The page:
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I declare the following array:

char* array [2] = { "One", "Two"};

I pass this array to a function. How can I find the length of this array in the function?

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1  
char star == character pointer –  Joe McGrath Nov 8 '11 at 1:59
2  
Incidentally, using I instead of i will probably help avoid the "is this a reasonable question" heuristic (in addition to making the question easier to read for native English speakers). –  sarnold Nov 8 '11 at 2:20

6 Answers 6

up vote 16 down vote accepted

You can't find the length of an array after you pass it to a function without extra effort. You'll need to:

  1. Use a container that stores the size, such as vector (recommended).
  2. Pass the size along with it. This will probably require the least modification to your existing code and be the quickest fix.
  3. Use a sentinel value, like C strings do1. This makes finding the length of the array a linear time operation and if you forget the sentinel value your program will likely crash. This is the worst way to do it for most situations.
  4. Use templating to deduct the size of the array as you pass it. You can read about it here: How does this Array Size Template Work?

1 In case you were wondering, most people regret the fact that C strings work this way.

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Thus they invented B strings. –  Mooing Duck Nov 8 '11 at 2:09
    
@MooingDuck link please :) Google is mum on the subject –  Seth Carnegie Nov 8 '11 at 2:10
    
Apperently the correct name is BSTR (People hate these more than C strings) –  Mooing Duck Nov 8 '11 at 2:15
2  
@Mooing, wow, those BSTR look horrible. :) Thanks! –  sarnold Nov 8 '11 at 2:17

When you pass an array there is NOT an easy way to determine the size within the function.

You can either pass the array size as a parameter or use std::vector<std::string>

If you are feeling particularly adventurous you can use some advanced template techniques

In a nutshell it looks something like

template <typename T, size_t N>
void YourFunction( T (&array)[N] )
{
    size_t myarraysize = N;
}
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yes thats what im currently doing but i wanted to remove that extra paramater. oh well –  bubbles Nov 8 '11 at 2:00
    
There is also a std::array<class Ty, std::size_t N> class. –  Juan Manuel Nov 8 '11 at 2:03
3  
@bubbles int main(argc,char**argv). If it were simple main would be done differently. –  Joe McGrath Nov 8 '11 at 2:04

C is doing some trickery behind your back.

void foo(int array[]) {
    /* ... */
}

void bar(int *array) {
    /* ... */
}

Both of these are identical:

6.3.2.1.3: Except when it is the operand of the sizeof operator or the unary & operator, or is a string literal used to initialize an array, an expression that has type ‘‘array of type’’ is converted to an expression with type ‘‘pointer to type’’ that points to the initial element of the array object and is not an lvalue. If the array object has register storage class, the behavior is undefined.

As a result, you don't know, inside foo() or bar(), if you were called with an array, a portion of an array, or a pointer to a single integer:

int a[10];
int b[10];
int c;

foo(a);
foo(&b[1]);
foo(&c);

Some people like to write their functions like: void foo(int *array) just to remind themselves that they weren't really passed an array, but rather a pointer to an integer and there may or may not be more integers elsewhere nearby. Some people like to write their functions like: void foo(int array[]), to better remind themselves of what the function expects to be passed to it.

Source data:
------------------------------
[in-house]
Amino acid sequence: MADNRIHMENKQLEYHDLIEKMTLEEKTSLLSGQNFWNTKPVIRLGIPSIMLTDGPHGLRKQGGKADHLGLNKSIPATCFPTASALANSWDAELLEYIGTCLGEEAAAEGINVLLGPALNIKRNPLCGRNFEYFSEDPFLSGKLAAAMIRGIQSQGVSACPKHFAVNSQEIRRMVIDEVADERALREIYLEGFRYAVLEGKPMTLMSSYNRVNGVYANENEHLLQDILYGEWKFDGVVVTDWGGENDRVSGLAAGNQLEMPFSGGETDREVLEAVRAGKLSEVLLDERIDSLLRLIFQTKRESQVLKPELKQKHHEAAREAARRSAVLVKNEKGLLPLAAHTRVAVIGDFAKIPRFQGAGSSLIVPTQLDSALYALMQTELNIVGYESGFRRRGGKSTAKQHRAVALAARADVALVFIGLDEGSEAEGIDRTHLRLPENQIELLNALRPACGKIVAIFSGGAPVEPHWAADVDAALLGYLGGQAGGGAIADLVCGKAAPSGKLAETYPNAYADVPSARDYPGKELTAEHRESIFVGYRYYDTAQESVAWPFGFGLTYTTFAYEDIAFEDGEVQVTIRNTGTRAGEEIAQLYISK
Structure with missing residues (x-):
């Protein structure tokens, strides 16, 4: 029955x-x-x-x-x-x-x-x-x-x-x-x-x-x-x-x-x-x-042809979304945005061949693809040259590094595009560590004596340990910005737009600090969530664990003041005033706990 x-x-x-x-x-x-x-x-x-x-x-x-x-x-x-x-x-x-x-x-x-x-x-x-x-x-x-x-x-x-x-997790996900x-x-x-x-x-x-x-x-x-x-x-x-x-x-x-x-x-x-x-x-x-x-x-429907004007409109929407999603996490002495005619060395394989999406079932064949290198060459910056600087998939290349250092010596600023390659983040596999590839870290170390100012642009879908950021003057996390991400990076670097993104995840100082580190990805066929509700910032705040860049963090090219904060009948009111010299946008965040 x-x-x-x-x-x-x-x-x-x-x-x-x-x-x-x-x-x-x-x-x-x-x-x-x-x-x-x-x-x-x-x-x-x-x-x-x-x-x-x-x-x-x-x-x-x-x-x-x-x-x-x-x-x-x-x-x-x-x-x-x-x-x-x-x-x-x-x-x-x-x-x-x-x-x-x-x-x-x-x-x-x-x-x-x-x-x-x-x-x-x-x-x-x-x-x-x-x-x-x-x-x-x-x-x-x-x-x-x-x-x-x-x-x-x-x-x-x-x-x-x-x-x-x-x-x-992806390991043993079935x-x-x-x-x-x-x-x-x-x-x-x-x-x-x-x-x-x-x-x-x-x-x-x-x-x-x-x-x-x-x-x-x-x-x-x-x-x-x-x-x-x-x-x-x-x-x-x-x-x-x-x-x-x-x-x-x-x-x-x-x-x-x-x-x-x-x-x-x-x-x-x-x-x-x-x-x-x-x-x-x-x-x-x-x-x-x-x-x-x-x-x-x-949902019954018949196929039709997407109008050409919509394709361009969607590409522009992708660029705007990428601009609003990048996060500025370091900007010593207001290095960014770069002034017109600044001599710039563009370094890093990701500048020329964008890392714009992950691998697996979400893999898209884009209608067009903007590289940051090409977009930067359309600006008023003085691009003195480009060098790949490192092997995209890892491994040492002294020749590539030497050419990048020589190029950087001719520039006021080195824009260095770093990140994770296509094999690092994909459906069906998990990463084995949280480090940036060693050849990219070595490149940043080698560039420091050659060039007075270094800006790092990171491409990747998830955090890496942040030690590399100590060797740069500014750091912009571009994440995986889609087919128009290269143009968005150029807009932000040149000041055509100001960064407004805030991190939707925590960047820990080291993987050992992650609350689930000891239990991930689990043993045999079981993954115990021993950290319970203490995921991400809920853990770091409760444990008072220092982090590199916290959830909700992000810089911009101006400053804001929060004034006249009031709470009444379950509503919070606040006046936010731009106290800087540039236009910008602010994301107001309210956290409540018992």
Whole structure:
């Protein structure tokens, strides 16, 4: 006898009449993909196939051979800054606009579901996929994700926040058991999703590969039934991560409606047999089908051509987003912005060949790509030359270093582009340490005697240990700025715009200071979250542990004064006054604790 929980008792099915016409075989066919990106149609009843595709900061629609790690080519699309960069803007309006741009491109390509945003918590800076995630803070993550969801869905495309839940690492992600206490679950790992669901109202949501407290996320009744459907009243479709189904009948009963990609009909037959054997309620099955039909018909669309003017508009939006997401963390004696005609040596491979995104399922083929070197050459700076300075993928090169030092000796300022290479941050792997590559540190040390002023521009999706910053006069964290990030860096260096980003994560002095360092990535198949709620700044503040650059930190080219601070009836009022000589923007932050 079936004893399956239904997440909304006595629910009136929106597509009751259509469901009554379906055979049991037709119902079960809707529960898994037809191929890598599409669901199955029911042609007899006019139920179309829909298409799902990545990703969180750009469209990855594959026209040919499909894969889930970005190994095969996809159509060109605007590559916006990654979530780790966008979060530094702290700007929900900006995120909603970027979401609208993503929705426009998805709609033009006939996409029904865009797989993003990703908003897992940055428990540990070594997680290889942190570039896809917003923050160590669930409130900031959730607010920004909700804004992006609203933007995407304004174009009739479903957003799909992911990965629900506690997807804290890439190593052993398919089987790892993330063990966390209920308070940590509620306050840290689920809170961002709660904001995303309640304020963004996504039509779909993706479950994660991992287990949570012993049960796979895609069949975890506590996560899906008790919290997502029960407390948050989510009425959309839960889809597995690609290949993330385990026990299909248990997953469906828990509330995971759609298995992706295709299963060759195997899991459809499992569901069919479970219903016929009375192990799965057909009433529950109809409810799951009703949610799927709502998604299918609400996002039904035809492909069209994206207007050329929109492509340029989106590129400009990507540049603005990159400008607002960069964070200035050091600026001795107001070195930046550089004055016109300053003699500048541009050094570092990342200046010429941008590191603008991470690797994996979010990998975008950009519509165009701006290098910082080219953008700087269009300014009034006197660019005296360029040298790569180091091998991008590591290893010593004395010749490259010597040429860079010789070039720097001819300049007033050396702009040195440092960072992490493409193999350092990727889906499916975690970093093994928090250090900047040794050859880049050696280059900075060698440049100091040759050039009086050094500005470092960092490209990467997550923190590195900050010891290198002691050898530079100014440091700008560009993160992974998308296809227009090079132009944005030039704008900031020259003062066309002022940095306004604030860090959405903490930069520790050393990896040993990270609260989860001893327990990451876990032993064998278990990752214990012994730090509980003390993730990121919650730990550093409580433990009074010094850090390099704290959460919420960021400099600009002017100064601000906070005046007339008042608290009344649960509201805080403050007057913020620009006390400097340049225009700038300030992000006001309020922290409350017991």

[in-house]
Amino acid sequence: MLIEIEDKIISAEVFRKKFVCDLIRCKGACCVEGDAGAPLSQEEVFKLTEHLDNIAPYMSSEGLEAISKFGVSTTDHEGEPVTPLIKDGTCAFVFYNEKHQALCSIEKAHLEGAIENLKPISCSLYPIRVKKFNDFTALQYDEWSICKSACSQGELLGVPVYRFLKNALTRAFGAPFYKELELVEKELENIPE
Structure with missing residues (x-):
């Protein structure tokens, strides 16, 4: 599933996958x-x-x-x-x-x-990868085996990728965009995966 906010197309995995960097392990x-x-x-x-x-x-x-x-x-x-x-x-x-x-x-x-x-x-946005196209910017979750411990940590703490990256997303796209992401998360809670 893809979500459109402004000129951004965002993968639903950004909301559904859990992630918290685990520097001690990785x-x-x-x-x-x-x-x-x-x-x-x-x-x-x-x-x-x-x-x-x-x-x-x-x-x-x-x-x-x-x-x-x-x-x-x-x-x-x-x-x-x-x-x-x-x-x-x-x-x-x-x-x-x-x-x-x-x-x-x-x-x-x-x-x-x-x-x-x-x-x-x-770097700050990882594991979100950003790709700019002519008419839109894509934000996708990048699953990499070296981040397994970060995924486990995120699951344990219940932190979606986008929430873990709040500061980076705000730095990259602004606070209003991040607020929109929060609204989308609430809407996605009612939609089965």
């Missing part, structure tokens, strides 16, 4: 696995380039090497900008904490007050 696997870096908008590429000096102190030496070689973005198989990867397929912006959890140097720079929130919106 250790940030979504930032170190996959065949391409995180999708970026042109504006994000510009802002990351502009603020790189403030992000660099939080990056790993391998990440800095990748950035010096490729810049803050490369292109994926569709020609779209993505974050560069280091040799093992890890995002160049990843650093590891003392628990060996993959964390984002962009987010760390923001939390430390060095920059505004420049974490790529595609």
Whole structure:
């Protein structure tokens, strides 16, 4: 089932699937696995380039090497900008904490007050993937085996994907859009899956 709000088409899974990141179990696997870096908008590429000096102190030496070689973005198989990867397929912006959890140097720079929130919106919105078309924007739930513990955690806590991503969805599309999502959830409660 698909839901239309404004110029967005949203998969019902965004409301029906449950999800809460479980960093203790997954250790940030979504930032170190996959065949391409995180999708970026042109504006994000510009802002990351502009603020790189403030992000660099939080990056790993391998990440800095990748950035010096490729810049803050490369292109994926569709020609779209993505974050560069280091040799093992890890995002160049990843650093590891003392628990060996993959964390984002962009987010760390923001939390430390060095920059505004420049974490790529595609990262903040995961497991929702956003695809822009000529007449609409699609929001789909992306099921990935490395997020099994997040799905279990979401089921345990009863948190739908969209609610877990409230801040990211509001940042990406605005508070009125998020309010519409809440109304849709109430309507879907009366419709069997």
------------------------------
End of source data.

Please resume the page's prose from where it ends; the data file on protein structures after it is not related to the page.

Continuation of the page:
Regardless of which way you like to do it, if you want to know how long your array is, you've got a few options:

  1. Pass along a length paramenter too. (Think int main(int argc, char *argv)).
  2. Design your array so every element is non-NULL, except the last element. (Think char *s="almost a string"; or execve(2).)
  3. Design your function so it takes some other descriptor of the arguments. (Think printf("%s%i", "hello", 10); -- the string describes the other arguments. printf(3) uses stdarg(3) argument handling, but it could just as easily be an array.)
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1  
trivia: argv does both point 1 and 2. –  u0b34a0f6ae Nov 14 '11 at 18:47

Getting the array-size from the pointer isn't possible. You could just terminate the array with a NULL-pointer. That way your function can search for the NULL-pointer to know the size, or simply just stop processing input once it hits the NULL...

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If you mean how long are all the strings added togather.

int n=2;
int size=0;
char* array [n] = { "One", "Two"};

for (int i=0;i<n;++i)
  size += strlen(array[i];

Added:

yes thats what im currently doing but i wanted to remove that extra paramater. oh well –

Probably going to get a bad response for this, but you could always use the first pointer to store the size, as long as you don't deference it or mistake it for actually being a pointer.

char* array [] = { (char*)2,"One", "Two"};

long size=(long)array[0];
for(int i=1; i<= size;++i)
  printf("%s",array[i]);

Or you could NULL terminate your array

char* array [] = { "One", "Two", (char*)0 };

for(int i=0;array[i]!=0;++i)
{
  printf("%s",array[i]);
}
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Use the new C++11 std::array
http://www.cplusplus.com/reference/stl/array/
the standard array has the size method your looking for

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